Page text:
Management Science methods and methodologies for Project Management: What they model, how they model and why they model


By Dr. José Ramón San Cristóbal

University of Cantabri

Santander, Spain

Nowadays there is an enormous variety of methods, techniques and methodologies within the broad field of Management Science, all having very diverse characteristics and stemming from various paradigms based on different philosophical assumptions, and, to a lesser or greater extent, drawing on particular bodies of theory. Whilst this plenitude can enhance practice, it also poses problems for project managers who often tend to restrict themselves to one paradigm or even one methodology. The aim of this paper is to assist project managers in understanding both the implicit and explicit assumptions underlying management methods and their principal aims and purposes. Thus, project managers will be able to make a choice as to which methodology is more appropriate for a particular situation.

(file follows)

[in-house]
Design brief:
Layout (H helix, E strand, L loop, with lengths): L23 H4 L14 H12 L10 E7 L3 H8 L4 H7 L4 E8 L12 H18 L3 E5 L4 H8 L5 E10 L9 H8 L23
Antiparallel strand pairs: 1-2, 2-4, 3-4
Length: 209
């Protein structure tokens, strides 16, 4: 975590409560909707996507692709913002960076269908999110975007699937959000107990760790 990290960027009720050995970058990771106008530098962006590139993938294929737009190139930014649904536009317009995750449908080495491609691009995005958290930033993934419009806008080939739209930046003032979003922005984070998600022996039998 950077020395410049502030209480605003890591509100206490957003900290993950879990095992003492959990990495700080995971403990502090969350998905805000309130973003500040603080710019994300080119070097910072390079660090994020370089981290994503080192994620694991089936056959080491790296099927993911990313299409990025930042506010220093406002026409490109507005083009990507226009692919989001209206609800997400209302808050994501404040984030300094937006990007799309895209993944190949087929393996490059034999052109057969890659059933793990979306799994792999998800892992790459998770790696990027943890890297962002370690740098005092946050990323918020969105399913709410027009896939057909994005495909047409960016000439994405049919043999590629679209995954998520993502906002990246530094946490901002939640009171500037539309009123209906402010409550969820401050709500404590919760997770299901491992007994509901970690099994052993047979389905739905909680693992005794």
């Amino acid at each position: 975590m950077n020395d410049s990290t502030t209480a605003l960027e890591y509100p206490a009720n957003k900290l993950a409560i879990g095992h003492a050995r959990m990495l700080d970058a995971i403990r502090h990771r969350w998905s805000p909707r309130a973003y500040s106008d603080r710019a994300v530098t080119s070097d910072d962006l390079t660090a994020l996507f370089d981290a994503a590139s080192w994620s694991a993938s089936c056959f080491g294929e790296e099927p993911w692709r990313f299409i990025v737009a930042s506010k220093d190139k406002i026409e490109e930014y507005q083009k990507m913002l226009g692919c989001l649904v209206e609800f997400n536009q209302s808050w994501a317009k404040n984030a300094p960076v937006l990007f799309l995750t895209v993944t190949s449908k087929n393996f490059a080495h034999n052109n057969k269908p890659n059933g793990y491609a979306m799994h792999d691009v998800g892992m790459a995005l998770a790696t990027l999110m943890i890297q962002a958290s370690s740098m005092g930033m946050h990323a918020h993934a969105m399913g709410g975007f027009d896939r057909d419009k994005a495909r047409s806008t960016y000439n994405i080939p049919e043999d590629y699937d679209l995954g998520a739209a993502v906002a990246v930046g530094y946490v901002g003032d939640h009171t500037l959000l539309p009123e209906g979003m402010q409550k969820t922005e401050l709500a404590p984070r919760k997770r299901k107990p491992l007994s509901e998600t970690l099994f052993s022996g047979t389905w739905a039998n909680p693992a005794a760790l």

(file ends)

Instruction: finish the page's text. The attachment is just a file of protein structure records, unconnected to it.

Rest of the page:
Project management is anything but universal (Senhar 1998). For sixty years, organizations have increasingly been using projects and programs to achieve their strategic objectives (Bredillet et al 2015). Projects have traditionally been the prerogative of the engineering disciplines, but with the dynamics of business, project management has moved into business’ main street. Today project managers have gained recognition and employment opportunities beyond construction, aerospace and defense, in pharmaceuticals, information systems, and manufacturing. In this context, project managers must not be limited to a monitoring and reporting role at an implementation level. They must be involved at strategic levels with the possibility and authority to effectively influence the direction and course of a project. A good Project Manager must have the skills needed to make sound decisions, consistent with the global strategy of the project, taking into account, not only the relationships of the different actors involved in the project, but also the possible impact of his/her decisions on project performance.